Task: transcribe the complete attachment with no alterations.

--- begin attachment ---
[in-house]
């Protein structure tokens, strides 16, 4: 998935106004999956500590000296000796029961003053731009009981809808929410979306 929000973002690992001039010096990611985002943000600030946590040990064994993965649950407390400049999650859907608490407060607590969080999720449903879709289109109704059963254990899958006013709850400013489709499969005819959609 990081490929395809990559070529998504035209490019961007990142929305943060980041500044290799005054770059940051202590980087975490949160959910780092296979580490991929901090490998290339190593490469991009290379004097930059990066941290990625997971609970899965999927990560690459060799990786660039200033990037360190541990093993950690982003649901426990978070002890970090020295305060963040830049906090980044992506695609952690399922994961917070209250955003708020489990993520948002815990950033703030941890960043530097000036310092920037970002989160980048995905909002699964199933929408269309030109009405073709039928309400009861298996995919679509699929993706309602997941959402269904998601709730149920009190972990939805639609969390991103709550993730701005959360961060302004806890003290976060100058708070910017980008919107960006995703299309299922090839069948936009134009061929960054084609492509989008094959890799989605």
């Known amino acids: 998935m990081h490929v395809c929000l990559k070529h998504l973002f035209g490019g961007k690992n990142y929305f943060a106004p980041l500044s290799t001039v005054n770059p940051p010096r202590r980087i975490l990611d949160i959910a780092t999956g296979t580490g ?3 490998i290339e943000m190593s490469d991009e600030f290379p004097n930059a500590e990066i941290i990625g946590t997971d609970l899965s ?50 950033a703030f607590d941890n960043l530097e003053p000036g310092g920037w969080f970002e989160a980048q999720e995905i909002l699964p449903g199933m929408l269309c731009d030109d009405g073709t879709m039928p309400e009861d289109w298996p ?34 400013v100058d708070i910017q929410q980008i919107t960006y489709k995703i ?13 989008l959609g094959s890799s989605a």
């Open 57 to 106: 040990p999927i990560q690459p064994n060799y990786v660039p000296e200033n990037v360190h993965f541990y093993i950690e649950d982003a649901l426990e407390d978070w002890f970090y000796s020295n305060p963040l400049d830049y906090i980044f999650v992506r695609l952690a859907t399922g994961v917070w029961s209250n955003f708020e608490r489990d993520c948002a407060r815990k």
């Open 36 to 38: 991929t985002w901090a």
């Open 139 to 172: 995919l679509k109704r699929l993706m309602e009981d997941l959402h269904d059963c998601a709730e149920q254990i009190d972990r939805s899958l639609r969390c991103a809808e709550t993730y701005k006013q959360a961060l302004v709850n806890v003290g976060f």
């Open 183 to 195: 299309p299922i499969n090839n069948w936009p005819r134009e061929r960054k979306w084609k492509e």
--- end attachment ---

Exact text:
[in-house]
């Protein structure tokens, strides 16, 4: 998935106004999956500590000296000796029961003053731009009981809808929410979306 929000973002690992001039010096990611985002943000600030946590040990064994993965649950407390400049999650859907608490407060607590969080999720449903879709289109109704059963254990899958006013709850400013489709499969005819959609 990081490929395809990559070529998504035209490019961007990142929305943060980041500044290799005054770059940051202590980087975490949160959910780092296979580490991929901090490998290339190593490469991009290379004097930059990066941290990625997971609970899965999927990560690459060799990786660039200033990037360190541990093993950690982003649901426990978070002890970090020295305060963040830049906090980044992506695609952690399922994961917070209250955003708020489990993520948002815990950033703030941890960043530097000036310092920037970002989160980048995905909002699964199933929408269309030109009405073709039928309400009861298996995919679509699929993706309602997941959402269904998601709730149920009190972990939805639609969390991103709550993730701005959360961060302004806890003290976060100058708070910017980008919107960006995703299309299922090839069948936009134009061929960054084609492509989008094959890799989605």
């Known amino acids: 998935m990081h490929v395809c929000l990559k070529h998504l973002f035209g490019g961007k690992n990142y929305f943060a106004p980041l500044s290799t001039v005054n770059p940051p010096r202590r980087i975490l990611d949160i959910a780092t999956g296979t580490g ?3 490998i290339e943000m190593s490469d991009e600030f290379p004097n930059a500590e990066i941290i990625g946590t997971d609970l899965s ?50 950033a703030f607590d941890n960043l530097e003053p000036g310092g920037w969080f970002e989160a980048q999720e995905i909002l699964p449903g199933m929408l269309c731009d030109d009405g073709t879709m039928p309400e009861d289109w298996p ?34 400013v100058d708070i910017q929410q980008i919107t960006y489709k995703i ?13 989008l959609g094959s890799s989605a």
């Open 57 to 106: 040990p999927i990560q690459p064994n060799y990786v660039p000296e200033n990037v360190h993965f541990y093993i950690e649950d982003a649901l426990e407390d978070w002890f970090y000796s020295n305060p963040l400049d830049y906090i980044f999650v992506r695609l952690a859907t399922g994961v917070w029961s209250n955003f708020e608490r489990d993520c948002a407060r815990k």
């Open 36 to 38: 991929t985002w901090a």
């Open 139 to 172: 995919l679509k109704r699929l993706m309602e009981d997941l959402h269904d059963c998601a709730e149920q254990i009190d972990r939805s899958l639609r969390c991103a809808e709550t993730y701005k006013q959360a961060l302004v709850n806890v003290g976060f």
């Open 183 to 195: 299309p299922i499969n090839n069948w936009p005819r134009e061929r960054k979306w084609k492509e």